General Petraeus

When CIA Director, David Petraeus resigned just a few weeks after the re-election of President Obama the country was still in the throes of confusion and anger over what had happened in Benghazi. Certain media outlets had led people to believe that Obama had abandoned two former Navy SEALs in a combat zone, callously handing them a death sentence. However, even those who were skeptical of these media reports had to admit that the timing of David Petraeus’ resignation was absolutely devastating. For all intensive purposes, it appeared that he had to resign over something to do with Benghazi.

SOFREP received word that Petraeus was going to resign a full three weeks ahead of the public announcement. What we were not expecting was the reason cited for him stepping down. Not long after Benghazi happened, Petraeus began interviewing for a job at Princeton University and was planning to quit as Director of the CIA.

The overrunning of the Consulate, and the killing of two GRS employees, would have come to him as a shock. John Brennan was running his own operations and probably briefing the Director of National Intelligence, James Clapper on to the bare minimum needed to keep these secret missions legal. Likewise, a Congress member with budget oversight responsibilities was probably being read on, but the briefings kept vague to the point of uselessness. Brennan just needed a rubber stamp.

Kept in the dark to these compartmentalized JSOC operations, the Ansar Al-Sharia retaliation caught the CIA by surprise. They had no idea that Special Operations missions would be kicking the hornets nest in Libya and therefore could not prepare for the likely fallout that would result. Realizing this after the consulate attack, Petraeus knew for certain that he was a perpetual outsider in the administration. More specifically, he was furious about being left in the lurch by the Obama administration.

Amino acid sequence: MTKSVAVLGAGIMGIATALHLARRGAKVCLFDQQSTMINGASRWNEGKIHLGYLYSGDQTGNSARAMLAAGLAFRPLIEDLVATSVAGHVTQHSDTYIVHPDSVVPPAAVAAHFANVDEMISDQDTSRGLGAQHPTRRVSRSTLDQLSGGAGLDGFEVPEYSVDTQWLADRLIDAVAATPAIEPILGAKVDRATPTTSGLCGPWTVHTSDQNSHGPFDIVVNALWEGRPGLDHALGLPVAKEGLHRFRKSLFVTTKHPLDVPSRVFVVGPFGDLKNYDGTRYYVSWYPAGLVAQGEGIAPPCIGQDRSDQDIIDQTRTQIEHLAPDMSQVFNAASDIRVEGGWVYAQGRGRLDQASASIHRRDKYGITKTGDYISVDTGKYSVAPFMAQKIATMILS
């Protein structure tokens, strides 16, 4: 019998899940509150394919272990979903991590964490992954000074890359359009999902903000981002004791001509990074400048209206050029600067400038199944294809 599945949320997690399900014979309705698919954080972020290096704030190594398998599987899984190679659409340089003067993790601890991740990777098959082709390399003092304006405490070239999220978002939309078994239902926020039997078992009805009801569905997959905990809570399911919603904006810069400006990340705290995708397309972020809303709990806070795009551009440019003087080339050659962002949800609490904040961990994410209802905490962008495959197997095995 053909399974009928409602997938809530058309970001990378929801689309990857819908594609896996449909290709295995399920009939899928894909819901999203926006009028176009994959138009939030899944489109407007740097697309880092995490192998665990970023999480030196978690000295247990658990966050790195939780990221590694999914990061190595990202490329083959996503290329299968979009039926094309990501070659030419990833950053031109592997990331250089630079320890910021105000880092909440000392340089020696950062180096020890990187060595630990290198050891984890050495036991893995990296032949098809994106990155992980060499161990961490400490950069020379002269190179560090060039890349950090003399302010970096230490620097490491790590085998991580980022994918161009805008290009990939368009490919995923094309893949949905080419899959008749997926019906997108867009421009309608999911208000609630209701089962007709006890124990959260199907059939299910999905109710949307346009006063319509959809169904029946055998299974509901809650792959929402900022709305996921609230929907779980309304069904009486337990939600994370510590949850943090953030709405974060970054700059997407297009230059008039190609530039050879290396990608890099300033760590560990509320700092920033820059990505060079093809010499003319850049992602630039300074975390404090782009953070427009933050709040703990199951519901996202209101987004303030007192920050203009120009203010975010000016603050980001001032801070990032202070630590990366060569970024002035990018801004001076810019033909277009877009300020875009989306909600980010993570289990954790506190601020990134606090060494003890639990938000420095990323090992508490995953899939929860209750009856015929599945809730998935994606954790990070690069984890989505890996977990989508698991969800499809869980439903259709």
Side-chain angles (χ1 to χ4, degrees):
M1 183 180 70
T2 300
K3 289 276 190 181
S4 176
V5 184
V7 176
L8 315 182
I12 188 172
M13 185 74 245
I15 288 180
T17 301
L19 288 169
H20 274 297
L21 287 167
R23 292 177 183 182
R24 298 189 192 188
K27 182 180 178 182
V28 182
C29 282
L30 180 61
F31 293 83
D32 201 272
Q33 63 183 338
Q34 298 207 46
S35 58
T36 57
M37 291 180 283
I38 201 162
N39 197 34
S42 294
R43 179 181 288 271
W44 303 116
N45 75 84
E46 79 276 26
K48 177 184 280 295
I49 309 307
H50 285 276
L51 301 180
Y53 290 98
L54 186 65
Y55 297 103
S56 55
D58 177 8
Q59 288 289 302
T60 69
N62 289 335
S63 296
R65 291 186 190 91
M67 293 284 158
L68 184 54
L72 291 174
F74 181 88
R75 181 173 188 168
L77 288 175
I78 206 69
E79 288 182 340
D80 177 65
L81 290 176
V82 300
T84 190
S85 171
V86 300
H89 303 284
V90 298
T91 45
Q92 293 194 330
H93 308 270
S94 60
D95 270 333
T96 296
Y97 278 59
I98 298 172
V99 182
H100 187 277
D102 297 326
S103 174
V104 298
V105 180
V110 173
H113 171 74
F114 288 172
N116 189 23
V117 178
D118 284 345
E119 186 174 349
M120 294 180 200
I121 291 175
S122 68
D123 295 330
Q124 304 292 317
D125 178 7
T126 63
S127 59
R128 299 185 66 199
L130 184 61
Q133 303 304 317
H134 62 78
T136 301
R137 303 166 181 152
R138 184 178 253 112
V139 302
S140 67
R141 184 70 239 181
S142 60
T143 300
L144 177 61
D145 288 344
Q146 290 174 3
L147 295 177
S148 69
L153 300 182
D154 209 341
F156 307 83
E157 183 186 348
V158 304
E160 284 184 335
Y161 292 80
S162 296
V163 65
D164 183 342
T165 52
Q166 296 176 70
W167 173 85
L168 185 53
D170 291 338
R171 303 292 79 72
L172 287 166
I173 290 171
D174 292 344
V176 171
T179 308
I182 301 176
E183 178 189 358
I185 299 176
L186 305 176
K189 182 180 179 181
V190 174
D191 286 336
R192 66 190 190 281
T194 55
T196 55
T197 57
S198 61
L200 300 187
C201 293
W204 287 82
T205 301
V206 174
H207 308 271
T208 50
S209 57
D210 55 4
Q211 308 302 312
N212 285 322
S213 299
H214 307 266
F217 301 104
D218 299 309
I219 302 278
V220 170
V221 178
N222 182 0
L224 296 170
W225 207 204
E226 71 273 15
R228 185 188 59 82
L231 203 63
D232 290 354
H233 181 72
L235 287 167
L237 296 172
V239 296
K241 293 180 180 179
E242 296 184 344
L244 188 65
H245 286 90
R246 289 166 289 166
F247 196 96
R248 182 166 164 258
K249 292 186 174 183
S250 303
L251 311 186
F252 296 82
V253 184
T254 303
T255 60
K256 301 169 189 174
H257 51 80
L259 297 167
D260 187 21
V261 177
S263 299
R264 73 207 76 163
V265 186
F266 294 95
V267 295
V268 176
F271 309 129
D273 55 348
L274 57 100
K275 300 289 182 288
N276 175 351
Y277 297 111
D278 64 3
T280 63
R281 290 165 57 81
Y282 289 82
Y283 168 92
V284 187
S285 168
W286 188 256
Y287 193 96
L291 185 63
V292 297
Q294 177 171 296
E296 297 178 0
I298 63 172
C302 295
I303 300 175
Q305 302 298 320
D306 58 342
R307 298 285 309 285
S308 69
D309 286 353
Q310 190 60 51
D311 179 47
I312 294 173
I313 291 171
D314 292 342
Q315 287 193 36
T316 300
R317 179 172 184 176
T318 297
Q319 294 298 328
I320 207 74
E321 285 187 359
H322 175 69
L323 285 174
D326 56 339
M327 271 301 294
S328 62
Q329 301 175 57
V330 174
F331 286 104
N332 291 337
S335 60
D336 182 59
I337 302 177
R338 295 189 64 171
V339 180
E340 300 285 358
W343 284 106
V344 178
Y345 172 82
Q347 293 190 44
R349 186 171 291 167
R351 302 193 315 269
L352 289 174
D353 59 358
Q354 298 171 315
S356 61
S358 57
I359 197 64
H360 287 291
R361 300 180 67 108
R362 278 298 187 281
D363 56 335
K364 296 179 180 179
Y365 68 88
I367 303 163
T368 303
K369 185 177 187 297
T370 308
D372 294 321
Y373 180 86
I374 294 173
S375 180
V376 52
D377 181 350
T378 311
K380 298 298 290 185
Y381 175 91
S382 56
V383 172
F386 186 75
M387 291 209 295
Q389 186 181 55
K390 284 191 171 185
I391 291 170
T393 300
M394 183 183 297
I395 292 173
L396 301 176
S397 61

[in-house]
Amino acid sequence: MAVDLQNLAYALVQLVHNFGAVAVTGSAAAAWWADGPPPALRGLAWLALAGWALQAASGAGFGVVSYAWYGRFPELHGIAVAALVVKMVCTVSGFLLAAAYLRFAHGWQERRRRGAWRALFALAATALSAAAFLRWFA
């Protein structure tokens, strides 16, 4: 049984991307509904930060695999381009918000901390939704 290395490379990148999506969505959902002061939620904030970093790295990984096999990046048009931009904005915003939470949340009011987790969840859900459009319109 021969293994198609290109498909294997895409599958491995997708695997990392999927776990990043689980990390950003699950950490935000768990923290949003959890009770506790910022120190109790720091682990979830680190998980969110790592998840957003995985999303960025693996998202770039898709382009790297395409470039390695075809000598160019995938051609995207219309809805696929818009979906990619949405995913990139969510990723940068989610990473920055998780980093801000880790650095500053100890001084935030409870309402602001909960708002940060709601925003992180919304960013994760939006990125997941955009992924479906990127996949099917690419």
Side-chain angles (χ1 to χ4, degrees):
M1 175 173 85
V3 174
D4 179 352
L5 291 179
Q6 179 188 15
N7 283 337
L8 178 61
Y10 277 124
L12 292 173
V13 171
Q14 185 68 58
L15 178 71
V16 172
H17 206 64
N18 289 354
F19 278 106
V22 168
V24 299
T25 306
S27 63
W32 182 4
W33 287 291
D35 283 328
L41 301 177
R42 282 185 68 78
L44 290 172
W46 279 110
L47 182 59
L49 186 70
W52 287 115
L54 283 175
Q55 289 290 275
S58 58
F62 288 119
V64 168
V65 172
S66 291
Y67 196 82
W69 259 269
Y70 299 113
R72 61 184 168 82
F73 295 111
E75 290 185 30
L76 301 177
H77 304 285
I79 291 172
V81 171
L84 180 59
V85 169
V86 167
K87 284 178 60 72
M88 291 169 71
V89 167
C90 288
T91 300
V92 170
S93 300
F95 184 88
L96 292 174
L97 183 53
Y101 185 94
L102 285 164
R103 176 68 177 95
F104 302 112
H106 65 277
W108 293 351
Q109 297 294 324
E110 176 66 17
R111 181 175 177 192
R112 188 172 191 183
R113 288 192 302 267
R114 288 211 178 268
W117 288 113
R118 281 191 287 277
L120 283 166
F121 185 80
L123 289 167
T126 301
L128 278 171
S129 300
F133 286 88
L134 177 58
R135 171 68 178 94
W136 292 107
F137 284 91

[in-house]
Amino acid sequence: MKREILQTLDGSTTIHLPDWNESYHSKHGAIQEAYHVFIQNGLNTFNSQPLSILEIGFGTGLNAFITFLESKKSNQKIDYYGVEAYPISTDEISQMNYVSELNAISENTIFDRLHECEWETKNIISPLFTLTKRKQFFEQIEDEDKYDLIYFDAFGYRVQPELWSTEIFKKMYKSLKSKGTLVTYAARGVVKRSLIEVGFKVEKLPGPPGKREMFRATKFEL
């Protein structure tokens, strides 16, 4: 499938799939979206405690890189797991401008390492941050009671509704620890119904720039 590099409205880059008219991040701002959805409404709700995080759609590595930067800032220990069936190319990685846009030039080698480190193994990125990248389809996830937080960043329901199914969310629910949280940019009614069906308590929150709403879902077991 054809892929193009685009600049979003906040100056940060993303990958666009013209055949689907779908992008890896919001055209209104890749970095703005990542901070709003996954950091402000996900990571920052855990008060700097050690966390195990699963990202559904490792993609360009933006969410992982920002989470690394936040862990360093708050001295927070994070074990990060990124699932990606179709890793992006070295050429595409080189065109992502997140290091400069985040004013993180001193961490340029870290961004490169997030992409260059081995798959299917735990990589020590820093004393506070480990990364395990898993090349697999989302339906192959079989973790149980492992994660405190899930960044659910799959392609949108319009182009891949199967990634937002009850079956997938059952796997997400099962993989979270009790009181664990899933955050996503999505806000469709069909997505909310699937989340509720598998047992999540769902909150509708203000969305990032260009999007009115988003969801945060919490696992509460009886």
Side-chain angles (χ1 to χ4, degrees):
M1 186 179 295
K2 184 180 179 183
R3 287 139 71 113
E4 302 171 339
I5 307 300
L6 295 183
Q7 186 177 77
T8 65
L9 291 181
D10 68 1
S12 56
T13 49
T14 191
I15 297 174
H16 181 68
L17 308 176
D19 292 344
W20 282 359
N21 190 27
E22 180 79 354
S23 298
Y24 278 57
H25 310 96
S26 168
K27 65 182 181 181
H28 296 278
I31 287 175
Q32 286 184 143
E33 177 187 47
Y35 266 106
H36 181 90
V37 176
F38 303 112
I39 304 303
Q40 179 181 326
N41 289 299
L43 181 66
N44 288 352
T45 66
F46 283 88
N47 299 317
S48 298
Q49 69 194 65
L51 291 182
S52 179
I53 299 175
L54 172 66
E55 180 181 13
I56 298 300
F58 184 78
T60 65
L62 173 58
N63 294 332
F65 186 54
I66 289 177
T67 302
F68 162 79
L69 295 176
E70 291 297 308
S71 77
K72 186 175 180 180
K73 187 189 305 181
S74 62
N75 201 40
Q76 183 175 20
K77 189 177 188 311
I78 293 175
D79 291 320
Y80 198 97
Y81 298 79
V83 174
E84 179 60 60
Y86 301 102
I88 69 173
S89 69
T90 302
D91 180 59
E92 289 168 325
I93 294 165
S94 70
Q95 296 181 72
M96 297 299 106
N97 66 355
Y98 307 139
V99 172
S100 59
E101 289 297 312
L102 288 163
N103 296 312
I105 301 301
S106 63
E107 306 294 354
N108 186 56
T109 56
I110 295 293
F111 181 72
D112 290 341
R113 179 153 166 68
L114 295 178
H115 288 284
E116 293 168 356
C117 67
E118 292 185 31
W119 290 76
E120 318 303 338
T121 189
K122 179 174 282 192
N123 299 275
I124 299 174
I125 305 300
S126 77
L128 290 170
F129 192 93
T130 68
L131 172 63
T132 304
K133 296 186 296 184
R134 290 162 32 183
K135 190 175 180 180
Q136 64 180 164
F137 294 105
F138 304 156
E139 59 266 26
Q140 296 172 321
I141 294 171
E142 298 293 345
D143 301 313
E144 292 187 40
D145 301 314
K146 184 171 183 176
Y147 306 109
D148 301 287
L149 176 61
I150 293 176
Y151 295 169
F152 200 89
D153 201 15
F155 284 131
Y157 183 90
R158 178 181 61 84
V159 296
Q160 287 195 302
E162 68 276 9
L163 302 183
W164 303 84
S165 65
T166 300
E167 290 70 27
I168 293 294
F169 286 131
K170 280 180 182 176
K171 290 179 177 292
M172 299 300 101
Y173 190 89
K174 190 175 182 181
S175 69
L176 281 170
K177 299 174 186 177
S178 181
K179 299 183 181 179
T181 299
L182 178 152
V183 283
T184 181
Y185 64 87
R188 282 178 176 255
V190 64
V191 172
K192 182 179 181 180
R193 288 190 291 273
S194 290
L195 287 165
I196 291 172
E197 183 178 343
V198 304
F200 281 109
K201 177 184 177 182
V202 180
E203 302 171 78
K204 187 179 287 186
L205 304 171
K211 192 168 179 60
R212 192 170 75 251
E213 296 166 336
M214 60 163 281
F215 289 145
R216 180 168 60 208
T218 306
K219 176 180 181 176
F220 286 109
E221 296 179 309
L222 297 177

Like a good soldier, Petraeus was waiting until after the election season to resign but CIA officials behind the scenes apparently had other ideas. The Director had made plenty of enemies on the 7th floor of CIA headquarters in Langley by pursuing para-military operations and moving the agency even further from its roots in intelligence collection.

The reason for this is partially because there were budget incentives to pursue para-military operations as the funding was there for them but many long time CIA Officers did not appreciate the direction that Petraeus was taking their agency in. They also did not like the fact that the director was still acting like a four-star General and throwing his weight around at Langley.

One of the authors was near General Petraeus and his wife Holly at the Veteran’s Day parade in New York City in 2011, who by this time was sworn in as Director of the CIA. While Petraeus was surrounded by friends who respected him and was never in any danger, it was disconcerting how easily his own Personal Security Detachment lost track of him. For at least an hour, the General was out there flapping in the breeze without any security around him because the SUV filled with his bodyguards was stuck in traffic at the end of the parade.

What the PSD personnel may have lacked as bodyguards, they made up for by knowing the intimate details of his personal life. One of those details was Paula Broadwell.